Thursday, 26 May 2011

Empty Galleries in a Post-Postmodern World

In a post-postmodern world there is an empty gallery, full of signs that describe concepts for intangible art. People come to the gallery, read the signs, then sit surrounded by empty walls and contemplate the ideas that lie within.

The "art" world now belongs to philosophers and the term "artist" is considered outdated and trite. And then, one person does something outrageous and paints a picture, without a concept. People flock to this anomaly and try to make sense of it. "What does it mean?" They ask. "How do we see it without knowing what it is?"

Monday, 23 May 2011

From Michel Foucault

"If man did not imperiously close his eyes, he would finally be unable to see the things worth seeing."

Michel Foucault
From: A Preface to Transgression

My Musings..

It's hard to find an exceptional teacher, because it's hard to find an exceptional person.

My Musings..

I dance to the beat of my own drum. Some might think I can't find my own feet, but I know I feel music all over the street.

Saturday, 21 May 2011

Buses & The Badass Elbow Brigade

This morning I sat down next to a relatively slender woman on the bus, thinking I'd get an easy ride. As soon as I sat down, she shoved her elbow out and all but winded me, and she stayed in this position for the whole half hour trip.

As much as this annoyed and puzzled me, as I tried to ignore the bony elbow shoved up directly under the right side of my rib cage, it didn't completely surprise me. It's the forth time this week that it's happened. I understand that it's hard to share a bus seat at times, having never owned a car, I've surfed more than my fair share of the public transport wave. However, surely it's not that big a leap of empathy to see the fairness of sharing the other side of the seat with traveller number two?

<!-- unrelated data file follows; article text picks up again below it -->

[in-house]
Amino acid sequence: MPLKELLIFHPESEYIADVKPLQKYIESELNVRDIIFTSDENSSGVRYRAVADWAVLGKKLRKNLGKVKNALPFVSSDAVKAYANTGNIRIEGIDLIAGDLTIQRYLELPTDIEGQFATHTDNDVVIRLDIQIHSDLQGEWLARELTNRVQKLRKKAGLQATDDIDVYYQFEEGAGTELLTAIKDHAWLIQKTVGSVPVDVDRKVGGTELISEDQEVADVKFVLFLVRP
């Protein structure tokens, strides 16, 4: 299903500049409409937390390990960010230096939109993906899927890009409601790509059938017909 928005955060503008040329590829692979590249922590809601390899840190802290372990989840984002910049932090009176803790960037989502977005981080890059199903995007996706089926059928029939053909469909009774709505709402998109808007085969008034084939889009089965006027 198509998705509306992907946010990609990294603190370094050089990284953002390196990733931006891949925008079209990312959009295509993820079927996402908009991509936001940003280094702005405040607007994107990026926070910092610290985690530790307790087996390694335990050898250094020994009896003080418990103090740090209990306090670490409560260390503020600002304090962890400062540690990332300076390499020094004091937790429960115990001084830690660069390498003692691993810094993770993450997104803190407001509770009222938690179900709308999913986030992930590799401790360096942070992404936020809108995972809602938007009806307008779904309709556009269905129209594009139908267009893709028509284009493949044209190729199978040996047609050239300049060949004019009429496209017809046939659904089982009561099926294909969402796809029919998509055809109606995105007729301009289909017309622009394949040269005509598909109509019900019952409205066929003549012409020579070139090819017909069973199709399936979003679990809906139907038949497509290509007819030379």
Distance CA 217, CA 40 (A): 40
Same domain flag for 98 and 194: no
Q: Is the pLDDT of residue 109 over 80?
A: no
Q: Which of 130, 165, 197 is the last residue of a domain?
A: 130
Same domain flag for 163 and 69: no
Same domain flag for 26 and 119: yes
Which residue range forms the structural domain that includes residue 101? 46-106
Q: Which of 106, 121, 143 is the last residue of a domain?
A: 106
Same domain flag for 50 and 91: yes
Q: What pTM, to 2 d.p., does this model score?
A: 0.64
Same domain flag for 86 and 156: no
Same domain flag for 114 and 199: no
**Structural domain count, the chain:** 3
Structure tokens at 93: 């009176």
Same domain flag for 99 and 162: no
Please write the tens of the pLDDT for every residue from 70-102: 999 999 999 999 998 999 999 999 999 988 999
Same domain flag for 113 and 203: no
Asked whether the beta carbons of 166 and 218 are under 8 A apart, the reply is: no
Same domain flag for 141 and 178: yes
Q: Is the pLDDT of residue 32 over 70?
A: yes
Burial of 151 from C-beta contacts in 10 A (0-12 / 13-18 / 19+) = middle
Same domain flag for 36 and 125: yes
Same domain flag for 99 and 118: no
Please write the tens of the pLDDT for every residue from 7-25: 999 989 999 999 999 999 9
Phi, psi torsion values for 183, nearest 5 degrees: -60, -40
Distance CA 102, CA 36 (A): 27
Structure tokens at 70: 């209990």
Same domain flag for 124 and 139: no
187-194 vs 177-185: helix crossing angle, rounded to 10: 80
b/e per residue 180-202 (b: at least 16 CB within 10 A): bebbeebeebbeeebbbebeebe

It makes me wonder what this lacklustre reception to bus seat sharing stems from. It is an increasing wish for personal space or territory, in a city that's growing more and more populated? I hardly think so - look at Asia. From personal experience, when I was in Thailand and Malaysia a few years ago people were crammed into buses and train carriages and didn't much mind sharing their - and my - personal space. So maybe it's a cultural thing? Australia does have more wide open spaces, and an expansive skyline, after all. Perhaps this translates in to expectations of a wider circle of personal space per person in public transport.

I quite like public transport. It's cheaper than a car and I get an extra half to full hour worth of sleep in the morning (if I'm lucky enough to get a seat). Sometimes there are those wonderful moments when you have a connection with another person while waiting for the bus or when someone hops up and gallantly offers their bus seat (there is still romance and chivalry in the world). Even in angry big and scary cities I've seen these moments happen many times.

So I suppose the elbowing phenomenon shouldn't come as a surprise. This isn't my first encounter with the eager elbow brigade either. I've noticed it a few times in the last few weeks, mornings mostly. I tend to fall asleep after about five minutes on the bus and not wake up until my destination (like clockwork). But this morning I was distracted, and awake.

While travelling between France and Spain I spent six hours on a nighttime bus, next to a effervescently cute, but completely hammered Spanish boy. He didn't speak English, I don't speak Spanish but he shared his music and his smile with me. If not for this connection, I would not have known where to leave the bus when I got to my destination. He nudged me to tell me that this was "San Sebastian". I also think that he just wanted to get out and drag deeply on another cigarette.

When my friend Danny and I first flew into Malaysia a few years ago we were exhausted and I was overwhelmed by sights, sounds and the general strangeness of everything. Two days later we were waiting for a train, our weary backs resting up against the slightly slimy cold wall at a train station in KL, to take us to the border of Thailand. We weren't the only young travellers sitting around, patiently sharing peanuts. With us was a young Swedish girl, Malin, that Danny got to talking to. I was too overwhelmed and sat reading the guide book (not yet the 'seasoned' traveller I like to think I am today).

When the tardy train finally arrived Malin sat with us in our third class carriage and over the eight hour trip through bone clattering hell, we made a pact to meet up at the Full Moon Party at the end of the month. And we did, and it was awesome, and six years later I met her and stayed with her in Sweden. Not to mention the other Swedish girl we met through her, who stayed with my friend Kat and I for three months in 2006. But that's another story...